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National Labor And Relations Act

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From 1933-1936 protests begin to increase, and Roosevelt has to make some

adjustments. As he prepares for his election, he makes changes to help unhappy people,

and he presses "second 100 days of legislation" and it changes the way Americans see

their government. The people do not see the government as being the same, and this is

shown through the National Labor and Relations Act, also known as the Wagner Act. It

was very controversial, and it ran contrary to the attitude towards labor at the time. The

Wagner Act was a pro-labor piece of legislation, and many called it the "bible of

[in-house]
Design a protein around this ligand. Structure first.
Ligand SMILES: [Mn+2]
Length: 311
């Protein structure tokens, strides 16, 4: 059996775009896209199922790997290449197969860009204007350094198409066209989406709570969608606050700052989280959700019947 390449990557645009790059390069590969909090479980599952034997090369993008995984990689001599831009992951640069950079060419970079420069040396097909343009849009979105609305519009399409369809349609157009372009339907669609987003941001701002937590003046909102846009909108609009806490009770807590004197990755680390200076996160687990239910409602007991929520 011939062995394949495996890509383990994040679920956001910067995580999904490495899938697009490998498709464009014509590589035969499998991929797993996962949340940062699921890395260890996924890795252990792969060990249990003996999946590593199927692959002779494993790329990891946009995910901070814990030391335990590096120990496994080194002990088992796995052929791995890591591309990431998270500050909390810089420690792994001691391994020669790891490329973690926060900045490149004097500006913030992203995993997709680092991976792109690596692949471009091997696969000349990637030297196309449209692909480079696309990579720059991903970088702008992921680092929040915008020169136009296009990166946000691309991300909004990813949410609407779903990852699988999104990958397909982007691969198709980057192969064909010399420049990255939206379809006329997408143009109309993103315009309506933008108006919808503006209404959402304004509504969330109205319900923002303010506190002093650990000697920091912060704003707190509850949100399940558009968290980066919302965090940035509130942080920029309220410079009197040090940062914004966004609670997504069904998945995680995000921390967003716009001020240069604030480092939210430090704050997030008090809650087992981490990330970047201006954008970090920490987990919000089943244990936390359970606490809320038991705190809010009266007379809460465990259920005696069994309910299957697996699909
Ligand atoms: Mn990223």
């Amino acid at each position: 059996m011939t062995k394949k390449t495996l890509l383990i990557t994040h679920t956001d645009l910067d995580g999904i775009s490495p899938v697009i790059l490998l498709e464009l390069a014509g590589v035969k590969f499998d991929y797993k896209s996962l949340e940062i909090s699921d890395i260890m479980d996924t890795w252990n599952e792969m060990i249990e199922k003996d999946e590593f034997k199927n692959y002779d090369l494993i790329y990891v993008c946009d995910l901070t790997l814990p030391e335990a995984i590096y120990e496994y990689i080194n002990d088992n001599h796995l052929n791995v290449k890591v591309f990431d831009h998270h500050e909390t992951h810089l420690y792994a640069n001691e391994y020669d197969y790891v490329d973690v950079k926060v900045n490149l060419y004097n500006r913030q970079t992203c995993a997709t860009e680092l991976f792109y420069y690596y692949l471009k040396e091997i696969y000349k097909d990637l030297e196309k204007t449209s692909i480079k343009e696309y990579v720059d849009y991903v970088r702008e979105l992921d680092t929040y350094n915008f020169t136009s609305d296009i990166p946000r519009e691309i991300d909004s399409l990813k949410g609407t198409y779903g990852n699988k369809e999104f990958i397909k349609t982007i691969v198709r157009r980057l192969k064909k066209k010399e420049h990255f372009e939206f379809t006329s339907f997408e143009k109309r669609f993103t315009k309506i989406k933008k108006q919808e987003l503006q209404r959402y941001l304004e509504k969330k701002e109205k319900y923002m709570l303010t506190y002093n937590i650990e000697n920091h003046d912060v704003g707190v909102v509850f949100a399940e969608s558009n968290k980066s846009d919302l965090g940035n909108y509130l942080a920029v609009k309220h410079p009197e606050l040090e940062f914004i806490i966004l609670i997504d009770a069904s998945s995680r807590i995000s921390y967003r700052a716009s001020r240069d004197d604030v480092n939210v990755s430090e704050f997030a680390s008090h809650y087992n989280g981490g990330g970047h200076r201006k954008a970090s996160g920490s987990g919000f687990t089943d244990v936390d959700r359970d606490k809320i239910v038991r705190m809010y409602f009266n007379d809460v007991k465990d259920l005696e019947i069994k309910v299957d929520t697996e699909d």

organized labor". In 1935 the Supreme Court made a ruling Schecter vs. U.S that ruled

a certain part of the New Deal is controversial, and the Wagner Act counterbalances it.

The government guaranteed the rights of labor to organize, and historically speaking,

Americans are anti-labor because all workers want to do is complain, and people feel if

workers do not like the treatment at work, they can leave because there are many people

who are waiting in line



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